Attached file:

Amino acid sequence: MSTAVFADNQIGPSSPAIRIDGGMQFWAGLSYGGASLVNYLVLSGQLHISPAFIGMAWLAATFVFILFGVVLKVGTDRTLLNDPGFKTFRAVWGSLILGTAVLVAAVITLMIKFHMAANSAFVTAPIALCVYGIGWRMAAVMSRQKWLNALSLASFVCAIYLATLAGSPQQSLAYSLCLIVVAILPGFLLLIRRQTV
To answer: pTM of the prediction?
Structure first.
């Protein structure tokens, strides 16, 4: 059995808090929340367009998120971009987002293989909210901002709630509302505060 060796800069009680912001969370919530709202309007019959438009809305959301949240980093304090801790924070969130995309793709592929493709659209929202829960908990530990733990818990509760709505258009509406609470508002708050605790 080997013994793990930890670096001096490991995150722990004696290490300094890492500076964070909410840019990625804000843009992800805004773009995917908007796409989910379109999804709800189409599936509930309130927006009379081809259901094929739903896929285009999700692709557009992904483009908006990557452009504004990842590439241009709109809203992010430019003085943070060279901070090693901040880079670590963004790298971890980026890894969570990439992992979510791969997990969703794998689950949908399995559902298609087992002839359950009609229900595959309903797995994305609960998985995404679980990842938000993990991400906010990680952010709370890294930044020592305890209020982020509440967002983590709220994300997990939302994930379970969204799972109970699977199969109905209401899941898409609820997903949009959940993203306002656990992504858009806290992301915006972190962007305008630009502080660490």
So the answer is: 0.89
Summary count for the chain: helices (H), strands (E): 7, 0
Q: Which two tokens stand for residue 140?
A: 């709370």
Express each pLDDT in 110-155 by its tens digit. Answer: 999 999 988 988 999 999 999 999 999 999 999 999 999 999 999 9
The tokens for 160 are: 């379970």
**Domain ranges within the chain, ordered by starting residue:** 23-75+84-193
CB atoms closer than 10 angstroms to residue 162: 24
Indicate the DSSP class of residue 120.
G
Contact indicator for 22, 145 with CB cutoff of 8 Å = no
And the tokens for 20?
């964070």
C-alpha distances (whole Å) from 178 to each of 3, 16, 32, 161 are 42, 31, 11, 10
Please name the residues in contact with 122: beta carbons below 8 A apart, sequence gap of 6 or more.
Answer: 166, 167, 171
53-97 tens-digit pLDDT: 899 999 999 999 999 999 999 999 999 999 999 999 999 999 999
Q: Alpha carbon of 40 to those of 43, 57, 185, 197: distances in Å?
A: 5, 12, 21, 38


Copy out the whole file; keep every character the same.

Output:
Amino acid sequence: MSTAVFADNQIGPSSPAIRIDGGMQFWAGLSYGGASLVNYLVLSGQLHISPAFIGMAWLAATFVFILFGVVLKVGTDRTLLNDPGFKTFRAVWGSLILGTAVLVAAVITLMIKFHMAANSAFVTAPIALCVYGIGWRMAAVMSRQKWLNALSLASFVCAIYLATLAGSPQQSLAYSLCLIVVAILPGFLLLIRRQTV
To answer: pTM of the prediction?
Structure first.
């Protein structure tokens, strides 16, 4: 059995808090929340367009998120971009987002293989909210901002709630509302505060 060796800069009680912001969370919530709202309007019959438009809305959301949240980093304090801790924070969130995309793709592929493709659209929202829960908990530990733990818990509760709505258009509406609470508002708050605790 080997013994793990930890670096001096490991995150722990004696290490300094890492500076964070909410840019990625804000843009992800805004773009995917908007796409989910379109999804709800189409599936509930309130927006009379081809259901094929739903896929285009999700692709557009992904483009908006990557452009504004990842590439241009709109809203992010430019003085943070060279901070090693901040880079670590963004790298971890980026890894969570990439992992979510791969997990969703794998689950949908399995559902298609087992002839359950009609229900595959309903797995994305609960998985995404679980990842938000993990991400906010990680952010709370890294930044020592305890209020982020509440967002983590709220994300997990939302994930379970969204799972109970699977199969109905209401899941898409609820997903949009959940993203306002656990992504858009806290992301915006972190962007305008630009502080660490």
So the answer is: 0.89
Summary count for the chain: helices (H), strands (E): 7, 0
Q: Which two tokens stand for residue 140?
A: 């709370």
Express each pLDDT in 110-155 by its tens digit. Answer: 999 999 988 988 999 999 999 999 999 999 999 999 999 999 999 9
The tokens for 160 are: 């379970």
**Domain ranges within the chain, ordered by starting residue:** 23-75+84-193
CB atoms closer than 10 angstroms to residue 162: 24
Indicate the DSSP class of residue 120.
G
Contact indicator for 22, 145 with CB cutoff of 8 Å = no
And the tokens for 20?
């964070």
C-alpha distances (whole Å) from 178 to each of 3, 16, 32, 161 are 42, 31, 11, 10
Please name the residues in contact with 122: beta carbons below 8 A apart, sequence gap of 6 or more.
Answer: 166, 167, 171
53-97 tens-digit pLDDT: 899 999 999 999 999 999 999 999 999 999 999 999 999 999 999
Q: Alpha carbon of 40 to those of 43, 57, 185, 197: distances in Å?
A: 5, 12, 21, 38